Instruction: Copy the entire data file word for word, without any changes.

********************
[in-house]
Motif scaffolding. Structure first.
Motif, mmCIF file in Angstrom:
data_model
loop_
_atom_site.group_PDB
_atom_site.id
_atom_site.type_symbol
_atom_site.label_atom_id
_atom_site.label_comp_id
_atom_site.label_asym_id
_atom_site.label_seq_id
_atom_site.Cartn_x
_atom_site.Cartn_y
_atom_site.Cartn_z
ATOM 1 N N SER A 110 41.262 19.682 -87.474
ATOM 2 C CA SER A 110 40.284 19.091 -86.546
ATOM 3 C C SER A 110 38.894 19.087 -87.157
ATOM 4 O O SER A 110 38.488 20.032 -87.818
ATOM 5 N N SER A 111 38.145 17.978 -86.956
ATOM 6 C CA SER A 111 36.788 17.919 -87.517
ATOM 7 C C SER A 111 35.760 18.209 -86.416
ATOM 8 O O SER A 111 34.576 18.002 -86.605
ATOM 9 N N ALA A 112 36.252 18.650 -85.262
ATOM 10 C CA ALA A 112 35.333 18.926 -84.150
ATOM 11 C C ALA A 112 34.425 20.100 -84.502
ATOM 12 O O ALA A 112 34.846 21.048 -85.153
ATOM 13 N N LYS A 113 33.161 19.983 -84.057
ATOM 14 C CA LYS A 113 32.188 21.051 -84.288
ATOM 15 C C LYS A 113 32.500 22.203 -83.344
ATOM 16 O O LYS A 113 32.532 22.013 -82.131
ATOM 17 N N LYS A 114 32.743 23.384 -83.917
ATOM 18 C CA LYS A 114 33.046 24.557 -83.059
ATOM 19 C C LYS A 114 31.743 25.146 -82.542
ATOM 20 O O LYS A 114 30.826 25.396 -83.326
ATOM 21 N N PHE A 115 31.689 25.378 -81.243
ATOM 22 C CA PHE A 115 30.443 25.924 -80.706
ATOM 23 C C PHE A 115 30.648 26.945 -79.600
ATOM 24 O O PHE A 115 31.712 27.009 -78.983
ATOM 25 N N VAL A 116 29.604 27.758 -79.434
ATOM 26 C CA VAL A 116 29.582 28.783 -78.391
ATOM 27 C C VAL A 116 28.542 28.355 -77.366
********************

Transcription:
[in-house]
Motif scaffolding. Structure first.
Motif, mmCIF file in Angstrom:
data_model
loop_
_atom_site.group_PDB
_atom_site.id
_atom_site.type_symbol
_atom_site.label_atom_id
_atom_site.label_comp_id
_atom_site.label_asym_id
_atom_site.label_seq_id
_atom_site.Cartn_x
_atom_site.Cartn_y
_atom_site.Cartn_z
ATOM 1 N N SER A 110 41.262 19.682 -87.474
ATOM 2 C CA SER A 110 40.284 19.091 -86.546
ATOM 3 C C SER A 110 38.894 19.087 -87.157
ATOM 4 O O SER A 110 38.488 20.032 -87.818
ATOM 5 N N SER A 111 38.145 17.978 -86.956
ATOM 6 C CA SER A 111 36.788 17.919 -87.517
ATOM 7 C C SER A 111 35.760 18.209 -86.416
ATOM 8 O O SER A 111 34.576 18.002 -86.605
ATOM 9 N N ALA A 112 36.252 18.650 -85.262
ATOM 10 C CA ALA A 112 35.333 18.926 -84.150
ATOM 11 C C ALA A 112 34.425 20.100 -84.502
ATOM 12 O O ALA A 112 34.846 21.048 -85.153
ATOM 13 N N LYS A 113 33.161 19.983 -84.057
ATOM 14 C CA LYS A 113 32.188 21.051 -84.288
ATOM 15 C C LYS A 113 32.500 22.203 -83.344
ATOM 16 O O LYS A 113 32.532 22.013 -82.131
ATOM 17 N N LYS A 114 32.743 23.384 -83.917
ATOM 18 C CA LYS A 114 33.046 24.557 -83.059
ATOM 19 C C LYS A 114 31.743 25.146 -82.542
ATOM 20 O O LYS A 114 30.826 25.396 -83.326
ATOM 21 N N PHE A 115 31.689 25.378 -81.243
ATOM 22 C CA PHE A 115 30.443 25.924 -80.706
ATOM 23 C C PHE A 115 30.648 26.945 -79.600
ATOM 24 O O PHE A 115 31.712 27.009 -78.983
ATOM 25 N N VAL A 116 29.604 27.758 -79.434
ATOM 26 C CA VAL A 116 29.582 28.783 -78.391
ATOM 27 C C VAL A 116 28.542 28.355 -77.366